This is a simple meatloaf recipe from my Better Homes and Gardens cookbook. I really like it. However, my favorite use for it is as leftovers for grilled sandwiches (see my notes below). In fact I usually make two meatloafs so I'll have more leftovers.
3/4 cup milk
1/2 cup fine dry bread crumbs
1/4 cup finely chopped onion
2 tablespoons snipped parsley (I don't know why so many cookbooks recommend using scissors to snip parsley. It works much faster to quick-chop with a knife)
1 tspn salt
1/2 tspn ground sage (I use fresh sage, minced, and probably end up with nearly a tablespoon. I really love sage and this is one of my favorite parts of this recipe)
1-1/2 pounds ground beef (Actually, I use 1 lb ground beef and 1/2 pound ground pork. You could probably use other mixtures [I've seen ground veal used too], so long as it is 1-1/2 lbs total)
1/4 Cup catsup (For the topping. I NEVER do this, I can't stand having a catsup-style topping on my meat loaf)
2 tblspns brown sugar
1 teaspoon dry mustard
Combine eggs and milk; stir in breadcrumbs, onion, parsley, salt, sage, and 1/8 teaspoon pepper (I probably use much more pepper, I just hold the grinder over it and grind away. The breadcrumbs will soak up the liquids and make a consistency like oatmeal). Add ground meat; mix well. Pat into a 5-1/2 cup ring mold; unmold in a shallow baking pan. Bake in a 350deg oven for 50 minutes. Or, pat mixture into an 8x4x2 inch loaf pan; bake for 1-1/4 hours (I always use the loaf pan, because it shapes it better for leftover sandwiches. I also drain out excess grease about 45 minutes into the baking). Combine catsup, sugar, and mustard; spread over meat. Return to oven for 10 minutes (like I said, I NEVER use the topping. I do continue baking it for another 5 or 10 minutes under the assumption this cooking time is required). Makes 6 servings.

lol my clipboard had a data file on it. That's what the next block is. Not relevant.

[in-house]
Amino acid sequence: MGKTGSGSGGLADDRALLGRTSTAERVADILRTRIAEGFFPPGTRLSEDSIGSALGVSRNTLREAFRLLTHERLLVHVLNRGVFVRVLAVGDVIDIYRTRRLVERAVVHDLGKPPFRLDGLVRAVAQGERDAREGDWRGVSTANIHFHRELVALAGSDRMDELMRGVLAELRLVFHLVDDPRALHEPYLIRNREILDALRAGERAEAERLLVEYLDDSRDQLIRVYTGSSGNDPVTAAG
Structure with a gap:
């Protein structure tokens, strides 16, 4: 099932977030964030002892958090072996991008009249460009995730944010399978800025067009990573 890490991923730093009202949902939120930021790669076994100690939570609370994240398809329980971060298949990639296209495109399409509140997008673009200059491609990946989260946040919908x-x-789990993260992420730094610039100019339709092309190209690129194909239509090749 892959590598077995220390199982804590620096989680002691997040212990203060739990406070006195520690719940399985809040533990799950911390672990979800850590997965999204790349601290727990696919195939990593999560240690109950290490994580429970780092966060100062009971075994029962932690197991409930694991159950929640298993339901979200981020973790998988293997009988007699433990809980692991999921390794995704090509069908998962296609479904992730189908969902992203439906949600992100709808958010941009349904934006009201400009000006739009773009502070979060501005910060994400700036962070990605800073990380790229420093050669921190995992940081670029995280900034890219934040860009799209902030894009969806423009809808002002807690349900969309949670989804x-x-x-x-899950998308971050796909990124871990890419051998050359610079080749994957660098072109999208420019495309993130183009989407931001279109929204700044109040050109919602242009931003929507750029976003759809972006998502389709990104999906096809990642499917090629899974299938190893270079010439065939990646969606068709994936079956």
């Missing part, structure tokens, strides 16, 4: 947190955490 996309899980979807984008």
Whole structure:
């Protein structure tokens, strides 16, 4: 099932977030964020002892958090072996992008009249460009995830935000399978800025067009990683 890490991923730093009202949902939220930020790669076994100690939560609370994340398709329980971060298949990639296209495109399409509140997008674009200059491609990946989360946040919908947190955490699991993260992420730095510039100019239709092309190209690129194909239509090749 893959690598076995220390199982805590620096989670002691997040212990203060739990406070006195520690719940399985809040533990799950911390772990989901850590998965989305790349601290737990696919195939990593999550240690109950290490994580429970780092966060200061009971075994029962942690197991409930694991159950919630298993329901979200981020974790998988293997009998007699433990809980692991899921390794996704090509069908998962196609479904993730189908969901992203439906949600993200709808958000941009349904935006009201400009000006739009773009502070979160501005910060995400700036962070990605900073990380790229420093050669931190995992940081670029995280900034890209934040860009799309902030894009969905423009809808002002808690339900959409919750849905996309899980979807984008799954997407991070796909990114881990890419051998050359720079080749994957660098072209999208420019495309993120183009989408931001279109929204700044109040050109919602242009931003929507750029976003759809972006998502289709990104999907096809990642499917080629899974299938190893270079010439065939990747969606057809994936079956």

For leftover-meatloaf grilled sandwiches, first find some good crusty dense bread (you can never find it at grocery stores, go to Paneras or Whole Foods). Cut the meatloaf into 1/2in slices and make sandwiches using the meat loaf, several slices of swiss cheese, and grilled onion. Butter the outside of the sandwiches and the skillet and grill on both sides until the bread is browned and the cheese melts. Sometimes it helps to warm up the leftover meatloaf slightly in a microwave; otherwise it may not heat through, although if you grill slowly it shouldn't be a problem. Actually, you end up with something like a "patty melt" sandwich.
I'm a big grilled sandwich fan. Here are some hints for good ones:
Don't use "wonderbread", get a good-quality bread.
The bread is better if it is slightly stale. In fact, if it is too soft I may dry it out in a slow oven.
I cover the skillet when grilling the first side of the sandwich. This heats up the sandwich better and helps melt the cheese. When I flip the sandwiches to grill the other side, I leave the lid off, otherwise trapped steam can make the grilled side soggy.
This hint is rather important if you're REALLY into grilled sandwiches - serve it on some kind of rack rather than laying it on a plate. For example I put a cake cooling rack on top of a platter and put the sandwiches on the rack. If you put it flat on a plate, the underside of the sandwich gets all soggy instead of staying crisp. Trust me, this really makes a difference.